So that you can manage the development with GitHub actions later, you must create a personal fork of the public repository.
Browse to the Matter repository on Github:
Create a fork in your own repository area, most likely at:
Return to the
Console tab of each of your Virtual Hardware instances, and clone your fork of the repository.
git clone https://github.com/YOUR_GITHUB_USERNAME/connectedhomeip cd connectedhomeip
A number of submodules must also be cloned, which can be done with a provided script:
./scripts/checkout_submodules.py --shallow --platform linux
Repeat on other Virtual Hardware instance. You can set up each instance in parallel.
Configure the Matter development environment on each instance, which again can be done with a provided script(s):
./scripts/build/gn_bootstrap.sh source scripts/activate.sh
These will take a few minutes to complete. Don’t forget to run scripts on each instance, which you can perform in parallel. You should see
Environment looks good, you are ready to go!
Full documentation on the build environment is provided in the Matter repository.
You are now ready to build the examples.
In the first Virtual Hardware instance you shall build
chip-tool, a Matter controller implementation that allows to commission a Matter device into the network and to communicate with it using Matter messages.
cd examples/chip-tool gn gen out/debug ninja -C out/debug
chip-tool is provided in the repository.
In the other instance you shall build the reference
lighting-app for Linux, which will be controlled by the above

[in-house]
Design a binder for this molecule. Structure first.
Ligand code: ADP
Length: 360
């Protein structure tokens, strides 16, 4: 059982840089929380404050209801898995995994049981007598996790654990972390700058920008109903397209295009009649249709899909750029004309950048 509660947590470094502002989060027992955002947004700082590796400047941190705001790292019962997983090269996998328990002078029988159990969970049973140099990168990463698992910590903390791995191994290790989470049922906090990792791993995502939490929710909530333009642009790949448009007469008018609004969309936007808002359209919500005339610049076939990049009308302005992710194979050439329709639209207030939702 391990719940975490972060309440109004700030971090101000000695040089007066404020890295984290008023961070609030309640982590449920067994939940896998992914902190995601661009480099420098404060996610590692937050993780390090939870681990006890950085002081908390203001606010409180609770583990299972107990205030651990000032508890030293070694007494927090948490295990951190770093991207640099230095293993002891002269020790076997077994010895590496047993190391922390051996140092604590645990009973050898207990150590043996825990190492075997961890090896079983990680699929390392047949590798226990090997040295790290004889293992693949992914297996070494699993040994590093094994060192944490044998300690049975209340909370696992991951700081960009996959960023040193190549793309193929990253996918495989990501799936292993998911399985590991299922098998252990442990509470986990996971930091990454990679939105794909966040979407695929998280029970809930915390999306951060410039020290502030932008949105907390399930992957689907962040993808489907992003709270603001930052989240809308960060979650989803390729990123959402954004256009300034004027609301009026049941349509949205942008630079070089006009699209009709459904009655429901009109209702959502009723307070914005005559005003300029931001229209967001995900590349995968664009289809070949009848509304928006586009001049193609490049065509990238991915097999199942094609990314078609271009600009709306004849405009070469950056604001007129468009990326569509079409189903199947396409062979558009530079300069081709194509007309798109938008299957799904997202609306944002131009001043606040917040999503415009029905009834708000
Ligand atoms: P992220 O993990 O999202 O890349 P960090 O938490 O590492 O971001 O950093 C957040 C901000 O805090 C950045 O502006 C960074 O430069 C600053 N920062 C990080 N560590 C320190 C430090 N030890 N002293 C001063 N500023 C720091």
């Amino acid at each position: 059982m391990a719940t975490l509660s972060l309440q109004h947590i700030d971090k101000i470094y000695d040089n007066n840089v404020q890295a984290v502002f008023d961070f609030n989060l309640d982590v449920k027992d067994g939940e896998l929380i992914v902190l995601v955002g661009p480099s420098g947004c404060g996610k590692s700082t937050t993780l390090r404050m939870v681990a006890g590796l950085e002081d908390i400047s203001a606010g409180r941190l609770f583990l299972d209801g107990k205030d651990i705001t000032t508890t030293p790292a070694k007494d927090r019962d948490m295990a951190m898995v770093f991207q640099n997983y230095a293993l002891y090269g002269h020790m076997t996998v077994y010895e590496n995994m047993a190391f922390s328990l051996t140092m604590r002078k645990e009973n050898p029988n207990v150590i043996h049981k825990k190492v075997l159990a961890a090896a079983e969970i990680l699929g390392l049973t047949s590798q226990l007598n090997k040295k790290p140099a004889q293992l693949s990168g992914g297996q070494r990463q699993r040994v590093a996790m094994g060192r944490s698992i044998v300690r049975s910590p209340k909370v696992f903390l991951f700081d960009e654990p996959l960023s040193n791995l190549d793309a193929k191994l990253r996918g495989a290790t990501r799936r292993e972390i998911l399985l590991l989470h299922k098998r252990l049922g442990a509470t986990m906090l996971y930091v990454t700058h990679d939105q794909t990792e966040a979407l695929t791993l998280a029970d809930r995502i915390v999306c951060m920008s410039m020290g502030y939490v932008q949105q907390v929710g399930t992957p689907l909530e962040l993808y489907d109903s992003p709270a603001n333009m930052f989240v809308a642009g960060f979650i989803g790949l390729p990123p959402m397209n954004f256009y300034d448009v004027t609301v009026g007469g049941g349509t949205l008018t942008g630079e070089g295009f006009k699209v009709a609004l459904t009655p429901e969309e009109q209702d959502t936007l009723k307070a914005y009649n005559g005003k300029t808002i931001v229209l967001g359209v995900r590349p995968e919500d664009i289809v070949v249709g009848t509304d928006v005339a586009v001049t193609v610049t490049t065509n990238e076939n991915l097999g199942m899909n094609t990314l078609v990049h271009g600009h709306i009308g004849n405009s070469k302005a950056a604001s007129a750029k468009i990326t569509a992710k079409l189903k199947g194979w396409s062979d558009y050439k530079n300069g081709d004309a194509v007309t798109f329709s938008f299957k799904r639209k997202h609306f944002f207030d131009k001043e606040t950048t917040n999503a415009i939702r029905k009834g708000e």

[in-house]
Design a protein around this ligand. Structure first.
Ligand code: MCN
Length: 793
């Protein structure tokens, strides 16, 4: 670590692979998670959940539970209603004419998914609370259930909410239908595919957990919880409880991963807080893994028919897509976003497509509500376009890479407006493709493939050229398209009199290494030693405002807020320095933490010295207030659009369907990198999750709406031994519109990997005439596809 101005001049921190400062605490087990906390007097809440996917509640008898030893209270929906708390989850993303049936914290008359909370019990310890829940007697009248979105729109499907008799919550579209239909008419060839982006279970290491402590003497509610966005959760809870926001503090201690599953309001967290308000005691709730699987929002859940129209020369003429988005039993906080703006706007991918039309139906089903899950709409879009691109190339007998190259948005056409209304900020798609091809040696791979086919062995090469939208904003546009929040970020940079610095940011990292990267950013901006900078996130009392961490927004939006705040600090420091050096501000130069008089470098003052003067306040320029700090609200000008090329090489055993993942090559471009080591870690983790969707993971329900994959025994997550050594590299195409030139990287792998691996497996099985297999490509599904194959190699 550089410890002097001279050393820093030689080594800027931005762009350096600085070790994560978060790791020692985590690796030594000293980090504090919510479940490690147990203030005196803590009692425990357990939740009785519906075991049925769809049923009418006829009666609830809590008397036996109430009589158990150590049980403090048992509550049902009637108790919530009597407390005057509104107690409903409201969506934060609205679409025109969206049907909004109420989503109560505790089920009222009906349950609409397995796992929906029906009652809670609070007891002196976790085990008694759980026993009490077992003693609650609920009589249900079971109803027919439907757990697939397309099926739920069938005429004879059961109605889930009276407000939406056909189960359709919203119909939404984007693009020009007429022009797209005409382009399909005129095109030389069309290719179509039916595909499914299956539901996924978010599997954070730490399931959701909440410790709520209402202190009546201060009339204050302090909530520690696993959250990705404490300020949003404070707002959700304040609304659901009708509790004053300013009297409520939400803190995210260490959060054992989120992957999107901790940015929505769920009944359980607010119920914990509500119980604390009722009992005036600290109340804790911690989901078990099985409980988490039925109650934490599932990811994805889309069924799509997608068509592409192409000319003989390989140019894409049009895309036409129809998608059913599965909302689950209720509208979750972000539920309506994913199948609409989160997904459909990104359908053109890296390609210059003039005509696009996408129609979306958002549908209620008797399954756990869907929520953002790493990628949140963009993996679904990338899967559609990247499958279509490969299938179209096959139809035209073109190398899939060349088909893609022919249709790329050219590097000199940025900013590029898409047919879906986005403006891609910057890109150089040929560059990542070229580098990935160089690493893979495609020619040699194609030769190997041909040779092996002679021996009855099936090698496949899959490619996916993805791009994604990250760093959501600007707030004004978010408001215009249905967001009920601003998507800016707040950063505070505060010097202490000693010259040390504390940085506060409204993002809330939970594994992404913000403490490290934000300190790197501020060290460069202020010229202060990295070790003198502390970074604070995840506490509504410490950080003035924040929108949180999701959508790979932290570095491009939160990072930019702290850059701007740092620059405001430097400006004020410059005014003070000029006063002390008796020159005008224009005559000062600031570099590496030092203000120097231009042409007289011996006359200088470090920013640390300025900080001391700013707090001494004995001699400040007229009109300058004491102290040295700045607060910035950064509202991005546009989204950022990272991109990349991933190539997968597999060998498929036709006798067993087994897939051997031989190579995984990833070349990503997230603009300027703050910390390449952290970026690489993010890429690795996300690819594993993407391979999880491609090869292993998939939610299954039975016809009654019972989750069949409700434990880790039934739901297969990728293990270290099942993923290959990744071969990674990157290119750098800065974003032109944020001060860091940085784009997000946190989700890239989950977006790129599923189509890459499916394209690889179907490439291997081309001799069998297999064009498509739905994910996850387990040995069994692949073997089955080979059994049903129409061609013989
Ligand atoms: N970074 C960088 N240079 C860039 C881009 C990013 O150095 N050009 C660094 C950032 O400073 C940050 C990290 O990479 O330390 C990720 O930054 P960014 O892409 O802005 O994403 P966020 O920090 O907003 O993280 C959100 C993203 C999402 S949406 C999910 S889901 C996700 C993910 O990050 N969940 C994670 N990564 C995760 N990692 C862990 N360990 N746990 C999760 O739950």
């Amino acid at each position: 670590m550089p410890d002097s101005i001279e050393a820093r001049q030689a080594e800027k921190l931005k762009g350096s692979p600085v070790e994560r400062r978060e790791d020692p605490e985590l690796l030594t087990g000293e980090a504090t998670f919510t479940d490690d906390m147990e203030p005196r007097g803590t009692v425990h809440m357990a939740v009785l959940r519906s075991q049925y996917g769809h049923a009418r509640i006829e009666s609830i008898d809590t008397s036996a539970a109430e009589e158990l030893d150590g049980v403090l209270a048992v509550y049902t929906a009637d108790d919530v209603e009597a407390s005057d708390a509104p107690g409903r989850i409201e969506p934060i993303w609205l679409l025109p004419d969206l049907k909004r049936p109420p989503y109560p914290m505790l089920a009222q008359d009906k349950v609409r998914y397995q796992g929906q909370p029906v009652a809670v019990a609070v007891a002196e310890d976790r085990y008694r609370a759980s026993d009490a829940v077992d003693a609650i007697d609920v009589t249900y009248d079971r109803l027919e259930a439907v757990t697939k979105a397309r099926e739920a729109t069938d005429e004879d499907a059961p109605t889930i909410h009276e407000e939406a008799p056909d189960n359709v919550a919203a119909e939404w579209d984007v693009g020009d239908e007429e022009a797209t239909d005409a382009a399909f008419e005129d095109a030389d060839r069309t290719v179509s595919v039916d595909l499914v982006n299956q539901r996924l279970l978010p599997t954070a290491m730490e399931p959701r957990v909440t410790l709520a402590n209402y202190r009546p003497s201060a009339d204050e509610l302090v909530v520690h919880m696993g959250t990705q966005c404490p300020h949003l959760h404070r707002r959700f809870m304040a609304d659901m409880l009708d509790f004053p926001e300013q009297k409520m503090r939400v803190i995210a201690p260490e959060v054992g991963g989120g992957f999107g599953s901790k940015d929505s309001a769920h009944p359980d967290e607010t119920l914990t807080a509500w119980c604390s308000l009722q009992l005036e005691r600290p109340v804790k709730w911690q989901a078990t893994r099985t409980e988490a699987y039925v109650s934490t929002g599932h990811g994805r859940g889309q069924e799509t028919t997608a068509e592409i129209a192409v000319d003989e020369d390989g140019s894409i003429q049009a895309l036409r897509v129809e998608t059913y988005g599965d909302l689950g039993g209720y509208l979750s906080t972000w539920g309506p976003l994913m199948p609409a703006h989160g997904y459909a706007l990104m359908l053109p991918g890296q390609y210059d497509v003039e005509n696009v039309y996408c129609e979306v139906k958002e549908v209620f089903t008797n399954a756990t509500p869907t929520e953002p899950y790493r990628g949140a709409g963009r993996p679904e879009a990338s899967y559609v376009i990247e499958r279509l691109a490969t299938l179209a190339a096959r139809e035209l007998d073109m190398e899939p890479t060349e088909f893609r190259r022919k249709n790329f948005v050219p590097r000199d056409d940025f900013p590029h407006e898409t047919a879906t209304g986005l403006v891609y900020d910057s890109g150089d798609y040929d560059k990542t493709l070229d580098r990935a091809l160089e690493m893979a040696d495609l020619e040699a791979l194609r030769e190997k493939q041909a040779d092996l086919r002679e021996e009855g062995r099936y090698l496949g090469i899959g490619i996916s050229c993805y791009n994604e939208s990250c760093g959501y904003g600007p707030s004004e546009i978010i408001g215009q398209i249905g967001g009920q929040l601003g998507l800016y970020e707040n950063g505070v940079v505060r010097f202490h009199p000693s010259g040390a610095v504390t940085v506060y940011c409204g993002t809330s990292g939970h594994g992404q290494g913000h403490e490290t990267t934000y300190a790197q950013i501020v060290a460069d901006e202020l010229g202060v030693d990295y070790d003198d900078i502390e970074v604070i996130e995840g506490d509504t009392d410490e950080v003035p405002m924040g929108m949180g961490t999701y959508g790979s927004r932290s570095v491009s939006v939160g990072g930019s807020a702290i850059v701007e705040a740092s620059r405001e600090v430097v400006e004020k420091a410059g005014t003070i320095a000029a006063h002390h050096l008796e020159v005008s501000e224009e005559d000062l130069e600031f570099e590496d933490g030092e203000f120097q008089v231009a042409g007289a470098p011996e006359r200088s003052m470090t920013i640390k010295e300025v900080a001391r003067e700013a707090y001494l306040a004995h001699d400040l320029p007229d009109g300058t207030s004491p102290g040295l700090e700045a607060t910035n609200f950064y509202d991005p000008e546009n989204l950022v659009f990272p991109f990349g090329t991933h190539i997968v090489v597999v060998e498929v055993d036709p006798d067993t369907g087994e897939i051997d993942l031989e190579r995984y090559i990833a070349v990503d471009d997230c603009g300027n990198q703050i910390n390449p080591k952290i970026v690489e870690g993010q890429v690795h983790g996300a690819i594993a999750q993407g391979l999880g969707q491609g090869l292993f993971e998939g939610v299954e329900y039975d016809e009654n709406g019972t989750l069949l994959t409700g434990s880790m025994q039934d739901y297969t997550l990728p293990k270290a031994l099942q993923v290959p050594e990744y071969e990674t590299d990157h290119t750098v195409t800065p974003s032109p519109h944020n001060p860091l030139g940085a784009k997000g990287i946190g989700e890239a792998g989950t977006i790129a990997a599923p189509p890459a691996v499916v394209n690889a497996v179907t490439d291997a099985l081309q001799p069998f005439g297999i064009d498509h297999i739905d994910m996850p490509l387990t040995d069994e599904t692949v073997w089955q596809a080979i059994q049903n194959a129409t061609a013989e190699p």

cd examples/lighting-app/linux gn gen out/debug ninja -C out/debug
lighting-app is provided in the repository.
Again, these builds can be performed in parallel. Confirm that both builds complete.
lighting-app instance, run that application.
The application will initialize, and you will see boot log echoed in the console. You will see in the log:
[TIMESTAMP][INSTANCEID] CHIP:DL: PlatformBlueZInit init success
Confirming it is ready to use (other messages in the log can be ignored).
lighting-app application running on this instance.
chip-tool instance, pair
chip-tool with the
lighting-app instance, using:
./out/debug/chip-tool pairing onnetwork-long 0x11 20202021 3840
You will see a long stream of messages echoed in console of both instances. Wait for this command to complete and return.
If you wish to confirm success, you can see this in the logs (you will need to scroll back).
chip-tool, you will see:
[TIMESTAMP][INSTANCEID] CHIP:TOO: Device commissioning completed with success
[TIMESTAMP][INSTANCEID] CHIP:ZCL: Commissioning complete, notify platform driver to persist network credentials.
Other messages in the log(s) can be ignored.
lighting-app can now be controlled with
chip-tool, simulating remote control of a light bulb.
chip-tool instance, send a message to turn the light ON, using the command:
./out/debug/chip-tool onoff on 0x11 1
Observe in the
lighting-app log (you may need to scroll back a little) that this state is reflected with:
[TIMESTAMP][INSTANCEID] CHIP:ZCL: Toggle ep1 on/off from state 0 to 1 [TIMESTAMP][INSTANCEID] CHIP:ZCL: On Command - OffWaitTime : 0
Similarly to turn the light OFF, in the
chip-tool instance use:
./out/debug/chip-tool onoff off 0x11 1
And observe in the
[TIMESTAMP][INSTANCEID] CHIP:ZCL: Toggle ep1 on/off from state 1 to 0 [TIMESTAMP][INSTANCEID] CHIP:ZCL: Setting on/off to OFF due to level change
Congratulations! You have successfully enabled two Virtual Hardware instances to communicate to each other via